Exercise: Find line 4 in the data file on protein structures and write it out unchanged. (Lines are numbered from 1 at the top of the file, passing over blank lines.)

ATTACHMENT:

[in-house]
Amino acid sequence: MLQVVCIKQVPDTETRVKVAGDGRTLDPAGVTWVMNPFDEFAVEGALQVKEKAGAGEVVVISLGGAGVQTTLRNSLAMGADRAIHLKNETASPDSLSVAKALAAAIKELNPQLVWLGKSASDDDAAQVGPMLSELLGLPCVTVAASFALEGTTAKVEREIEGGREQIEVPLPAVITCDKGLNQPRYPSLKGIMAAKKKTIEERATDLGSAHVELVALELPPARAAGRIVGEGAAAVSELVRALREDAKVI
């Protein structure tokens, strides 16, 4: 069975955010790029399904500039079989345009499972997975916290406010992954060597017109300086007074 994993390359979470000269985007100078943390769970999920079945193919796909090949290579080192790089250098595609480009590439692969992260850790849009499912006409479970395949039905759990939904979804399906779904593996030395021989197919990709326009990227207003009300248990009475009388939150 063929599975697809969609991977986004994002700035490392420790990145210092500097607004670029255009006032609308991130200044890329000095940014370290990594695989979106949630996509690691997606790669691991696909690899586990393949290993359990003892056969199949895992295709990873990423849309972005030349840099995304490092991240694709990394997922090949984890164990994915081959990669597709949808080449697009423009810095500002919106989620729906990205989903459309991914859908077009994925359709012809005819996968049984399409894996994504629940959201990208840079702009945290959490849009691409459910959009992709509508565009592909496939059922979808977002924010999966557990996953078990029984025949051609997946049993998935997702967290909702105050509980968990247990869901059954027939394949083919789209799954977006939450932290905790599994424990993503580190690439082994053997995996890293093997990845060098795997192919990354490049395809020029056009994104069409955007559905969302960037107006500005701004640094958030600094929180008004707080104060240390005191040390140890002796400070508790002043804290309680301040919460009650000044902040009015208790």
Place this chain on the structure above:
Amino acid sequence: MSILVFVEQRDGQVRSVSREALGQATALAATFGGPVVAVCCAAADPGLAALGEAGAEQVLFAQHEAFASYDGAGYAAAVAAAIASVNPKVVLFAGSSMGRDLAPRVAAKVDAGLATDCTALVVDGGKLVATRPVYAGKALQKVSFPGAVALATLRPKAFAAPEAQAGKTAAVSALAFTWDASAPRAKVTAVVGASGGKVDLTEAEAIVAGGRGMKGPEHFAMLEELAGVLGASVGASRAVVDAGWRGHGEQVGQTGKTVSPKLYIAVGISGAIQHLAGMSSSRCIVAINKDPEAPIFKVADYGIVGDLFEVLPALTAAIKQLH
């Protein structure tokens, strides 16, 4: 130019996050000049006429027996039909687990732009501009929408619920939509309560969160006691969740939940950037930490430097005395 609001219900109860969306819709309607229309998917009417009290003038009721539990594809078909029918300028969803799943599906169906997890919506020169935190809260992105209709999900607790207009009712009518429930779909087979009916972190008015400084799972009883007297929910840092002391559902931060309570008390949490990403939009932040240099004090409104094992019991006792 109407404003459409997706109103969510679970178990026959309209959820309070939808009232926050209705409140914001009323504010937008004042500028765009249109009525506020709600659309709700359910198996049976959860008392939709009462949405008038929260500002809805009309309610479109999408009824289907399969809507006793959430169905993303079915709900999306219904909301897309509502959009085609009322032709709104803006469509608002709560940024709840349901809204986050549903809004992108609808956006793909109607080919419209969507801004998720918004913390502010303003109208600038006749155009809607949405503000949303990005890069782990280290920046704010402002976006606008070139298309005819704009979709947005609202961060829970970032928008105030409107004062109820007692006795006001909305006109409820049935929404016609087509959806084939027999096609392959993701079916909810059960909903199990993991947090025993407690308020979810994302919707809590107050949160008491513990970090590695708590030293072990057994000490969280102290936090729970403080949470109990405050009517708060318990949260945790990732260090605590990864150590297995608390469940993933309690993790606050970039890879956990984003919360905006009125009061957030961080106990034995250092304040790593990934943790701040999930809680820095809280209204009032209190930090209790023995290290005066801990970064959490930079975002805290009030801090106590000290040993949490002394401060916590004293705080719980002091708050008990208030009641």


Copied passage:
Place this chain on the structure above: